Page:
A town will usually have a little map with all their public art in a route. If it is a vibrant art city like Rotterdam, these maps might be subdivided by art style (murals, poems, sculpture etc.).

In many big cities there might even be tour guides that live off of tips given after the tour. Usually they leave at set times from hotels or hostels and tourist usually indulge in these tours. However, there is nothing stopping you from attending this tour if you are from that place.

Artist Adéle du Plessis in front of her egg tempera pieces from her Drawn at Home series.

Artist Adéle du Plessis in front of her egg tempera pieces from her Drawn at Home series.

4. Support emerging artists

You can support emerging artists by attending their shows, following them on social media, and sharing their work with others. This can help artists gain exposure and build their careers. This takes time and dedication to do this. Read this article if you are interested in how you are intricate to the art eco system with your support int his article: How to understand contemporary art. If you are starting on your art collector journey this is also where you will find art for the smallest of budgets.


What should a painting cost?

The role of a gallery

A small 10cm x 10cm painting by an emerging artist at the gallery, artwork is still under €100,00.

A small 10cm x 10cm painting by an emerging artist at the gallery, artwork is still under €100,00.

5. Create your own art

Making your own art is a great way to engage with the creative process and express yourself. You don't need expensive materials or formal training to create something beautiful and meaningful. It might not be good, yet. I have good and bad art in my home, by amateurs, professionals, unknown thrift shop finds and works by my children. I am a classically trained Art Historian and many of these works are simply valuable to me or my loved ones. Also in making art you can appreciate art better. You know how much effort, time and skill goes into artwork, when you yourself have dabbled in different techniques and materials. You also know the costs of material and time. It makes you appreciate art in a different way. I for one love a seascape, largely because I admire those who can paint it. I find seascapes one of the most difficult things to paint to the standard I expect. Which exponent increases my awe of an artwork that do meet those standards.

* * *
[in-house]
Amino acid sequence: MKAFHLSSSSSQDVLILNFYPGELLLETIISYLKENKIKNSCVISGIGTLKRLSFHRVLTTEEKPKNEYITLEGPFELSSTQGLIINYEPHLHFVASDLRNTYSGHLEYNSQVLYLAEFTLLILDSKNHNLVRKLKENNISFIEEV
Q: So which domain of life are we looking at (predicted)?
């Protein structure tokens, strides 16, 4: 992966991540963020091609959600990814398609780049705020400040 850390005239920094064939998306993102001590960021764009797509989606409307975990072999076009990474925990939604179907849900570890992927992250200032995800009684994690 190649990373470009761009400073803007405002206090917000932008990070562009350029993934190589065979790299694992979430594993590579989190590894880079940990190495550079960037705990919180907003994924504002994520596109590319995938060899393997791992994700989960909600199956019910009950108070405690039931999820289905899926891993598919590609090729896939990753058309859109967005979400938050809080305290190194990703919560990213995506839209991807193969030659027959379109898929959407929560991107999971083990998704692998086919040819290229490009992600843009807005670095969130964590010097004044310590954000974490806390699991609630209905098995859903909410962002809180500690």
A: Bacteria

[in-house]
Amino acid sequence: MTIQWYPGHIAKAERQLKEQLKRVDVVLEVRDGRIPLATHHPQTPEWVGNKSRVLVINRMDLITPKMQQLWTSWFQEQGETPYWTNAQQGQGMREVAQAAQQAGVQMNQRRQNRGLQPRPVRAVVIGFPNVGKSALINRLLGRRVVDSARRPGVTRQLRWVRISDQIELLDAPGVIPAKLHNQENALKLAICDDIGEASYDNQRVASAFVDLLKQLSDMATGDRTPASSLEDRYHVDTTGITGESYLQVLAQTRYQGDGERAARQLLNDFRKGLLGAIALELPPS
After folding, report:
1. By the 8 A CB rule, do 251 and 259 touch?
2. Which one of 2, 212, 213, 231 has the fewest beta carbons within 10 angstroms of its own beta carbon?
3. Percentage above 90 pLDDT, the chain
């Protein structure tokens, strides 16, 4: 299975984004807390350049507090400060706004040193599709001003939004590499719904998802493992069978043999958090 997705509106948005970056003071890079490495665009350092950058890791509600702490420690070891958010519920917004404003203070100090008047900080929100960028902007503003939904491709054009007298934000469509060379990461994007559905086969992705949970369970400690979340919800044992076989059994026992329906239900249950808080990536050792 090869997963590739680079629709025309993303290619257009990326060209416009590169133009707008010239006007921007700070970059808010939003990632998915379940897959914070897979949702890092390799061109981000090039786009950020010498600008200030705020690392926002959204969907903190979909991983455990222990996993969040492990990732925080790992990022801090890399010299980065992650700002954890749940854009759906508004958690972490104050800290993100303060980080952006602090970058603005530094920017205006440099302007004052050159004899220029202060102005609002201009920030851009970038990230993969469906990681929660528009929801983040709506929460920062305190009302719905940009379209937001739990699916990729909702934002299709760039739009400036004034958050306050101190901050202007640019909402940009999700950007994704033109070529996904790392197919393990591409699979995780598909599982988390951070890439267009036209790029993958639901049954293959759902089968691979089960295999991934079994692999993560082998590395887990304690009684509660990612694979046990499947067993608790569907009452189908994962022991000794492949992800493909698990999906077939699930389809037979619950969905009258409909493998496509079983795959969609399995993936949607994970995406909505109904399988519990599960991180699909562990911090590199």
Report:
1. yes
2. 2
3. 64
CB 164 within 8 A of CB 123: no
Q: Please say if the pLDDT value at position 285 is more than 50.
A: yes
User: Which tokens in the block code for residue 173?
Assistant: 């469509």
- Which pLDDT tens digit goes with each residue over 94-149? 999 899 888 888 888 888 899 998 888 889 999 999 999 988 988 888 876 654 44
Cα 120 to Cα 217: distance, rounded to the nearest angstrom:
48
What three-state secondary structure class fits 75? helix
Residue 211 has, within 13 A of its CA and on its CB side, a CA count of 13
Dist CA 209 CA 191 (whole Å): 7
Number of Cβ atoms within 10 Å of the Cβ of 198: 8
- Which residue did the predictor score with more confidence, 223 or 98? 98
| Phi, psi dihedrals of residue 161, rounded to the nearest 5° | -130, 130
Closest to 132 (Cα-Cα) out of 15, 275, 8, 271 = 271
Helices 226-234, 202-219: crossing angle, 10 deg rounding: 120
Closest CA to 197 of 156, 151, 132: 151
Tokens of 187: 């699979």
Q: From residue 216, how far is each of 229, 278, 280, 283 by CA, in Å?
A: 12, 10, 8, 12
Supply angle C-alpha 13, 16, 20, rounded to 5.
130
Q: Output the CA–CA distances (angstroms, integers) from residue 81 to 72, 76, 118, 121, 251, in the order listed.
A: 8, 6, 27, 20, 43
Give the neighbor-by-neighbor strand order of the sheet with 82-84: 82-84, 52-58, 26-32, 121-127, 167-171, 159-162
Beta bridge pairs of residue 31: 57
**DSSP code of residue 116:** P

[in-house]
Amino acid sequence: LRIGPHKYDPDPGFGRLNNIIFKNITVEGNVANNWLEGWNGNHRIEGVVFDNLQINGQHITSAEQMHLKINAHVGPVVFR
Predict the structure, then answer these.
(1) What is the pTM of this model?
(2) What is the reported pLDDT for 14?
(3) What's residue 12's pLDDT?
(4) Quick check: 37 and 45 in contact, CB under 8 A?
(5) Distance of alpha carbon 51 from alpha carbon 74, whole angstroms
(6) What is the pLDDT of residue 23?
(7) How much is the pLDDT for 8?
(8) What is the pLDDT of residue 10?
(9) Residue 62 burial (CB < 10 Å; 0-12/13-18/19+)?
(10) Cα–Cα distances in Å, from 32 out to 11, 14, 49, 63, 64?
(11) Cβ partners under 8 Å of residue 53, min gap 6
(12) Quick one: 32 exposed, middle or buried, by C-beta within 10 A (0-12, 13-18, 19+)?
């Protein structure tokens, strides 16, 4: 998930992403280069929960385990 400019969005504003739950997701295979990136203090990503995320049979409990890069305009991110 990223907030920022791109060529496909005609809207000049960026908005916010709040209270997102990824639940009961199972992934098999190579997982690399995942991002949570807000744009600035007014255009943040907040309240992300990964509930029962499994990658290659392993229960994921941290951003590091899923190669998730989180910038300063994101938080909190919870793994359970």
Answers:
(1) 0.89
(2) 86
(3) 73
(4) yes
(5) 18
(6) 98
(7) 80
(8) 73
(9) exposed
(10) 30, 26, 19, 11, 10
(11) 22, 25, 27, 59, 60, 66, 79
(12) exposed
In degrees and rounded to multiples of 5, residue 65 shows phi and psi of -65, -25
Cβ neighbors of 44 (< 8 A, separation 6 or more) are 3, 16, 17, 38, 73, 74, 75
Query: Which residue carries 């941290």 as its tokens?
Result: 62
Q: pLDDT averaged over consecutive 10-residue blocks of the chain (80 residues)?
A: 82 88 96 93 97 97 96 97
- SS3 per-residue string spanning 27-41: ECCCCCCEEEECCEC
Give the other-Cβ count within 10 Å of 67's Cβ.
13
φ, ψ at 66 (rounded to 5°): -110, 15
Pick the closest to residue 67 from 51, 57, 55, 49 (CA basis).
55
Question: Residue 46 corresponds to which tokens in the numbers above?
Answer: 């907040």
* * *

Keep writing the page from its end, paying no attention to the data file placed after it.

How does art fit into your life?

Fiona J. Williams spectacular portrait I'll think over it. Putting you in the mood for contemplation.

In Conclusion

Remember, enjoying and appreciating art doesn't have to be an expensive endeavor. By seeking out free or low-cost opportunities to view and engage with art, you can still experience the many benefits that art has to offer. Yes, the prices at the gallery are steep, for some people steep begins at over €100,00 and for others over €10.000,00. What we are offering is art and education to all. That we don't get funding for, but do it because we love art and sharing it with people. Being open and free to the public, is supported by buying the art. You get to set the limits how you consume art. Go forth and be free.

Lots of Love, 

Tascha Sciarone

Art Historian

We recommend the following article,

and scroll down to the third part, which also

outlines how these steps above is also an

investment in yourself.

How to buy art as a beginner